Jetpack soars past New York’s Statue of Liberty
Science Fiction became science fact in New York on Tuesday when for the first time in history, an aviator flew by jetpack in a controlled and sustained flight around Statue of Liberty.
Soaring high across the Hudson River, Australian entrepreneur David Mayman became the first person to prove the viability of personal flying devices. Mayman’s flight was the culmination of a 10 year challenge to design and build a light-weight, wearable flying device that will allow people to take to the skies.
The JB-19 is small enough to sit in the back seat of a car but powerful enough to fly thousands of feet high.
The JB-9 jetpack, approved for the flight by the FAA and US Coast Guard was developed by legendary Hollywood inventor (and winner of 3 Academy Awards), Nelson Tyler and Mayman. The miniature jet-turbine back pack is fast, powerful, and unlike rocket powered belts, safe and practical to operate. Tyler and Mayman have spent millions of dollars and thousands of hours secretly developing the device which has never before been seen in public. Their struggle has been documented over the last eight years by an Emmy-award winning film team.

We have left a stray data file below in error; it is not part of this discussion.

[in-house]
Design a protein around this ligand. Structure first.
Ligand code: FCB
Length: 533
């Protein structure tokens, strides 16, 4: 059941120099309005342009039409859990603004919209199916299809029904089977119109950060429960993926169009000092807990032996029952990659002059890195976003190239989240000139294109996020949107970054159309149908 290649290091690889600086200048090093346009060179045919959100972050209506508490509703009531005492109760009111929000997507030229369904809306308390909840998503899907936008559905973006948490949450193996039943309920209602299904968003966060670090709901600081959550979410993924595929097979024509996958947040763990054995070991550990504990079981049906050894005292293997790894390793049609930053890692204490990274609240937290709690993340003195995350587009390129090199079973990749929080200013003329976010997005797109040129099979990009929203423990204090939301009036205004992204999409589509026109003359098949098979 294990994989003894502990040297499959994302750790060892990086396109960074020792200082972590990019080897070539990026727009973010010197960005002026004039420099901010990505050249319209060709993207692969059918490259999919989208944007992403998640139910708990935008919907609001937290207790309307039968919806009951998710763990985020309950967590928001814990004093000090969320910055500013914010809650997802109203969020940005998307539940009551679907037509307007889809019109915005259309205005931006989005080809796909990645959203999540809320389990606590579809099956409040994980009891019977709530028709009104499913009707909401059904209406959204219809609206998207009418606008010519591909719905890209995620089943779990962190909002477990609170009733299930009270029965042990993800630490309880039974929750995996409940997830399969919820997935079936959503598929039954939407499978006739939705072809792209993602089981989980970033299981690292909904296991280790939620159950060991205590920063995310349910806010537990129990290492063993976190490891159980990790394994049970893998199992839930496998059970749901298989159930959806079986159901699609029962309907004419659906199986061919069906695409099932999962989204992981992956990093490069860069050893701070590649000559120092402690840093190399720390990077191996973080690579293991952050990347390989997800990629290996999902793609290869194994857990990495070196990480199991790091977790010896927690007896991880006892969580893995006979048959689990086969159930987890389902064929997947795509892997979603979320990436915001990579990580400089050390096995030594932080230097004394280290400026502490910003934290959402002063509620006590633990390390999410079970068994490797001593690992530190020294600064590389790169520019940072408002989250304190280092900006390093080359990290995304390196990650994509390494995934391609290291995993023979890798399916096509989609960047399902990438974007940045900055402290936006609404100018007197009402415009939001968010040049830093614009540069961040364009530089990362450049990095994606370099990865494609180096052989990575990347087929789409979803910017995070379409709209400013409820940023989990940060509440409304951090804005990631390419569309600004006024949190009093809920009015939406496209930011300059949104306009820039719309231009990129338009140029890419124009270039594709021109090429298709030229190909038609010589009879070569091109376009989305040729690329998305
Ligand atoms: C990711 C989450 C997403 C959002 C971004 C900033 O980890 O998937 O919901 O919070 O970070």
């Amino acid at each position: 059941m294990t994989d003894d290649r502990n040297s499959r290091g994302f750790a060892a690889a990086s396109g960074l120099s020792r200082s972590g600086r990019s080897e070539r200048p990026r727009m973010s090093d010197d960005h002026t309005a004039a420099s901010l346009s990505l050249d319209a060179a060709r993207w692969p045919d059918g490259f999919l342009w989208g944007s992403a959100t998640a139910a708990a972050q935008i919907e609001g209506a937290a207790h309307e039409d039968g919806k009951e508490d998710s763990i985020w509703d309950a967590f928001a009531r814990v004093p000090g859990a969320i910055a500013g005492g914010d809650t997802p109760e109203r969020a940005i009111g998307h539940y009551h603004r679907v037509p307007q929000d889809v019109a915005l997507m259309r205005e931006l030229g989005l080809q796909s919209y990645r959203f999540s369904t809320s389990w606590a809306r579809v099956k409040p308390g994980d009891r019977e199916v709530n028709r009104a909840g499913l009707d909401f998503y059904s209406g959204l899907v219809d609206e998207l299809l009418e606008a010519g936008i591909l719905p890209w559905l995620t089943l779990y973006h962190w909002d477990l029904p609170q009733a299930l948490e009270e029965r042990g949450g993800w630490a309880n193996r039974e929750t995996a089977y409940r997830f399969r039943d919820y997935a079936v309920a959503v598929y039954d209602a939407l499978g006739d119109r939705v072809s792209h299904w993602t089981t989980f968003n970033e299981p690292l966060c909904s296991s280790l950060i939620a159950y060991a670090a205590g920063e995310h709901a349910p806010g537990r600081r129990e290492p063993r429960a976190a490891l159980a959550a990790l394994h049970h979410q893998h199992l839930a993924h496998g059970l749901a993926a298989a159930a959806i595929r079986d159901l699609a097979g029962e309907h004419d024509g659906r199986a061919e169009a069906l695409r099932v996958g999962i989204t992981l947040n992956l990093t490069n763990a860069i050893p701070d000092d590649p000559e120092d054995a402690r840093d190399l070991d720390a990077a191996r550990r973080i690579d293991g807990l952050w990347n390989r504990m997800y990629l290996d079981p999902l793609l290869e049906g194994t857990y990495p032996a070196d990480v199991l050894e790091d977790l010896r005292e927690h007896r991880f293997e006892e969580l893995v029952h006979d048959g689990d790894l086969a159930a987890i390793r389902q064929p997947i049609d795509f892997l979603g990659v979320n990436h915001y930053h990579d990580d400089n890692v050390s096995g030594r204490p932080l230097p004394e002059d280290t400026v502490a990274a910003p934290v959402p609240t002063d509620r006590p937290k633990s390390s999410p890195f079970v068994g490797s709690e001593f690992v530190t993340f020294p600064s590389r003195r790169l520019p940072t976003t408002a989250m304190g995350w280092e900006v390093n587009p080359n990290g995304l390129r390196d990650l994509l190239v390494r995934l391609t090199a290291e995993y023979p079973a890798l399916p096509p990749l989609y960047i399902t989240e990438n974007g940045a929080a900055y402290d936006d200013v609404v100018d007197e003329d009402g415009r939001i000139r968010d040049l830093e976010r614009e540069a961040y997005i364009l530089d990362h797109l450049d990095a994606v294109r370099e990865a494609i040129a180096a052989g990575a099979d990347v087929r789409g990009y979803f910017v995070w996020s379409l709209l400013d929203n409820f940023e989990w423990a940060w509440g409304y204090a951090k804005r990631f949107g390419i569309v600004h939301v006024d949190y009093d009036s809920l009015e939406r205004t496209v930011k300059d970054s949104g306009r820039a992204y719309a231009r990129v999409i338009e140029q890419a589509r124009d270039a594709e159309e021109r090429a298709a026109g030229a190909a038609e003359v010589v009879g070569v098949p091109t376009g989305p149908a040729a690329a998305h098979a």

Becoming a real life Ironman has been a lifelong dream of Mayman, a successful technology and mining entrepreneur who is also an accomplished helicopter and fixed wing pilot.
David says “it was an incredible experience, one I have been dreaming of since I was a young boy, it’s the culmination of decades of work by Nelson and me. But today is just the beginning. We have established the company JetPack Aviation to continue R&D and commercialize our invention. We have just proved that personal flight is a reality, it’s here and we will stay at the forefront of this.”
Nelson added “it would be wonderful if one day this opens the door to a vast new industry of affordable personal air transportation with applications for search and rescue, law enforcement, disaster relief and recreation. We will continue to develop the technology and have already created an extraordinary machine, truly the only jetpack in the world.”
- Previous American Airlines recognizes Vietnam veteran employees
- Next Korean Air finalizes order for 30 Boeing 737 MAXs and two 777-300ERs
You may also like...
Sorry - Comments are closed